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Range no longer just a printing company

Posted: August 24, 2012 - 7:52pm
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If you think you know Range, think again.

The Brainerd-based company may have its roots firmly planted in the printing industry, but its services extend beyond paper and ink.

Range has been rebranded with a new name, logo and mission. The company discovered a niche market that expanded during the economic fallout of the 2008 recession. Since that time, companies have slashed their marketing departments to the core, sometimes completely eliminating them.

That’s where Range Inc. found opportunity. They have evolved into a full service marketing and communications company.

Range can create and develop a business marketing strategy, which it does for national and local clients, and also can provide data management, print and mail your direct mail mailings and even send email blasts to your customers. In the past, companies may have had the in-house staff to perform tasks such as sending out direct mail or keeping a current client address database. Now they can outsource those duties to Range Inc.

“We started adding value through marketing services about five years ago but the recession made us focus on using these technologies and strategies, to help our customers,” Jim Kalthoff, Range Inc. vice president of operations, explained. “Marketing departments are now half the size they were then. They look for a strong partner.”

Range has a secured digital pressroom, which allows companies that demand confidentiality, such as financial services agencies and casinos, to have data and materials handled and stored there without the threat that private information will be leaked. Only certain employees are allowed to handle this type of printed materials, which often are uniquely personalized.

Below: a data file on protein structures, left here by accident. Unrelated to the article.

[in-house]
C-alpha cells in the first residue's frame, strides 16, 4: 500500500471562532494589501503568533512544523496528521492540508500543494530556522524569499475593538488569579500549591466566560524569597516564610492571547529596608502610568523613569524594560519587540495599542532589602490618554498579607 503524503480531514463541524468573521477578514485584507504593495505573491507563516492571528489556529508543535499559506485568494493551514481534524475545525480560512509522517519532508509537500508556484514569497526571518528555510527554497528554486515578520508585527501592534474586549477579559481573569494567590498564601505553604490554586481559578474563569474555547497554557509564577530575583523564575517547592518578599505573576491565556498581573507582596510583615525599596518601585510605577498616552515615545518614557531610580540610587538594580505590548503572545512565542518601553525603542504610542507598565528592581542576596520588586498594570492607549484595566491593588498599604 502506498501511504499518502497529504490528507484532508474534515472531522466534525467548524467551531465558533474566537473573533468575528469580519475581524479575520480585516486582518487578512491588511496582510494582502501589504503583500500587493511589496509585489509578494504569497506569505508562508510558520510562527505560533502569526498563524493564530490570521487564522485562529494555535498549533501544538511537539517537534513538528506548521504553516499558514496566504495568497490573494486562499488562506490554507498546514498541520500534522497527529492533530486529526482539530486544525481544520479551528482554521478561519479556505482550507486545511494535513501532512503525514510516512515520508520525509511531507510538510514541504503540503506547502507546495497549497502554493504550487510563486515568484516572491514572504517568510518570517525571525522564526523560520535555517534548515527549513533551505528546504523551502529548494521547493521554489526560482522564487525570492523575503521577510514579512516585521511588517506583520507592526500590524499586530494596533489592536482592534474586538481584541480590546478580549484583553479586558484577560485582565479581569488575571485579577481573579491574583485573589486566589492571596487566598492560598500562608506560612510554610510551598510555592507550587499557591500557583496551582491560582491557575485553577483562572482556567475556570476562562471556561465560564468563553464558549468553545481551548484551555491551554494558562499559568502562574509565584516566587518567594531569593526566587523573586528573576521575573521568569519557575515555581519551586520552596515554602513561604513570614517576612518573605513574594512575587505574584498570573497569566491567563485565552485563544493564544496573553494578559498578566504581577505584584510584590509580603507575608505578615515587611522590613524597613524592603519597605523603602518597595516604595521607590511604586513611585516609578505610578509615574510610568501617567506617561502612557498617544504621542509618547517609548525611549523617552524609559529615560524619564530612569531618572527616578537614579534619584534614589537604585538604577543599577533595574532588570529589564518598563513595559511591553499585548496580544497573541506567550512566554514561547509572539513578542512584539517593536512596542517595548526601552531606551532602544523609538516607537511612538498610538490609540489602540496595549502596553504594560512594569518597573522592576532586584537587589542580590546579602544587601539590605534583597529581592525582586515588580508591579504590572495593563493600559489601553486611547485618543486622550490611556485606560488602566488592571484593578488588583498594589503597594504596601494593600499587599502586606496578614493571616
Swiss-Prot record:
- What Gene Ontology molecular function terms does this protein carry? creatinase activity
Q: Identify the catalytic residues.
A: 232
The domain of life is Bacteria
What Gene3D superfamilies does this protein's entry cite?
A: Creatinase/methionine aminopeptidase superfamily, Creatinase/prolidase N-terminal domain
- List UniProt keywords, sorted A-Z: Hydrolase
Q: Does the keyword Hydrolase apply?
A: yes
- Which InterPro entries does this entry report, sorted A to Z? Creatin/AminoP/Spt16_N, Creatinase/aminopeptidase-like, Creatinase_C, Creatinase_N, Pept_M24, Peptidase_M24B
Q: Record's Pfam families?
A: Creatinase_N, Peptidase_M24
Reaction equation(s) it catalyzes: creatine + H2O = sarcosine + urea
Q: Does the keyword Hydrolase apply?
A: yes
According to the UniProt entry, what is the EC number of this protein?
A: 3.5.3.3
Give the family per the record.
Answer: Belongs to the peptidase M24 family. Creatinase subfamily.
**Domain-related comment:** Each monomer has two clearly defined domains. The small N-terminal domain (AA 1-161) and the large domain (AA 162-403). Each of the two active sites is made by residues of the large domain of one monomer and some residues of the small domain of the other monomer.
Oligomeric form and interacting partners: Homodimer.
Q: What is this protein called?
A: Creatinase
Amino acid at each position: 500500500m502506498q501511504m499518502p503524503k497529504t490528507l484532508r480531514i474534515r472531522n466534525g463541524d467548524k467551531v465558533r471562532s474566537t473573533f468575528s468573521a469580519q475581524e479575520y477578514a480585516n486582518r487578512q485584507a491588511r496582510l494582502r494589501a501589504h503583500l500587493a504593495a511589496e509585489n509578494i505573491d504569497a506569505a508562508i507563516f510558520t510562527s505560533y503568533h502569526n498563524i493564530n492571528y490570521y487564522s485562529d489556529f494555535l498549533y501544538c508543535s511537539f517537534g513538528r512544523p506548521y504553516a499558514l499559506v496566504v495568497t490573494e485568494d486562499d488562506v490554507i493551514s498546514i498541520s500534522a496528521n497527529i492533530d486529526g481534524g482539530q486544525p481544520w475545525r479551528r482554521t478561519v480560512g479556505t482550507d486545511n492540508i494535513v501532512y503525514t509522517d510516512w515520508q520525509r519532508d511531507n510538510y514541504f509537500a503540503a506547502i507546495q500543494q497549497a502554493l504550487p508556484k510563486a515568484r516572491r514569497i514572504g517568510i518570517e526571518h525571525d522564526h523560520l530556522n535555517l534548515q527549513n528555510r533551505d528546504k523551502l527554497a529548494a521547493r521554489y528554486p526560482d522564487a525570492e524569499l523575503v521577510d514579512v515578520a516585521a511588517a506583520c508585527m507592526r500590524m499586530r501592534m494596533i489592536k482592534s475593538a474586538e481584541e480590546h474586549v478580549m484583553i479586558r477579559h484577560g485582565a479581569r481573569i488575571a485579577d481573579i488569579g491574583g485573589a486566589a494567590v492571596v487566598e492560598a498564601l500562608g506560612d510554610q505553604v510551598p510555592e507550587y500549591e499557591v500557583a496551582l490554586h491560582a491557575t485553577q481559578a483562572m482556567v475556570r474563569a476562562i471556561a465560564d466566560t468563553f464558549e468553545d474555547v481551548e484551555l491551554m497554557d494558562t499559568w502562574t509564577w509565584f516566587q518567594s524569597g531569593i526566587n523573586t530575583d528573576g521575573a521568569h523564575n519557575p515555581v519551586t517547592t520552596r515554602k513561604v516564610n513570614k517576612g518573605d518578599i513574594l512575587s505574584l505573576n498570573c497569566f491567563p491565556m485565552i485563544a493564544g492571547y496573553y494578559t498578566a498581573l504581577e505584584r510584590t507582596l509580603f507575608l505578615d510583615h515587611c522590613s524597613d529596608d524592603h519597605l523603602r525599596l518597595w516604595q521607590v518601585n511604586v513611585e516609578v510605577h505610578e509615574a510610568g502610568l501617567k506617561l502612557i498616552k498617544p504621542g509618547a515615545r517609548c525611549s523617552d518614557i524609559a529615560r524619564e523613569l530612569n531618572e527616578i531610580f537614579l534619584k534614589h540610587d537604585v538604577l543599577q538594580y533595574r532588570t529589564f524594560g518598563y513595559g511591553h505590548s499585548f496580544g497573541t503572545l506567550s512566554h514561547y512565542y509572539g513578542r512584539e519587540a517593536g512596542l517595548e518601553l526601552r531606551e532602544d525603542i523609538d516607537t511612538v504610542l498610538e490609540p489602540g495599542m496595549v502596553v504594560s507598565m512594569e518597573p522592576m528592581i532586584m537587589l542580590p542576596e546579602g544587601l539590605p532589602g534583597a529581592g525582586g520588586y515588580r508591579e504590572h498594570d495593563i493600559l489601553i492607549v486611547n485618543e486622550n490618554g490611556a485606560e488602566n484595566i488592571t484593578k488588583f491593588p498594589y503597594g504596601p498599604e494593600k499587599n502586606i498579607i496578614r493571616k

“As communication gets more sophisticated, it’s more difficult for companies to have the staff to do direct mailings and the many different types of communications needed today,” explained Ann Smallman, senior vice president of marketing at Range Inc.

Need a pop-up display, sign or banner? They can print those too. The company has wide format printers that allow them to print in these large formats on a wide variety of materials.

Range’s digital pressroom houses two large high-speed color printers, a four-year-old system that is still considered new by industry standards and a brand new high-speed printer that was installed in early August.

The HP Indigo 5600 digital press, a $400,000 investment, was purchased not only to help shoulder the increasing workload, but because it was even more efficient and brought new technology to the digital production world, Kalthoff said. He said the new press can easily handle 200,000 sheets a month and needs this type of high volume to make it productive and efficient.

“We have a strong client base and are committed to growth,” Kalthoff said, which is why the company purchased the equipment.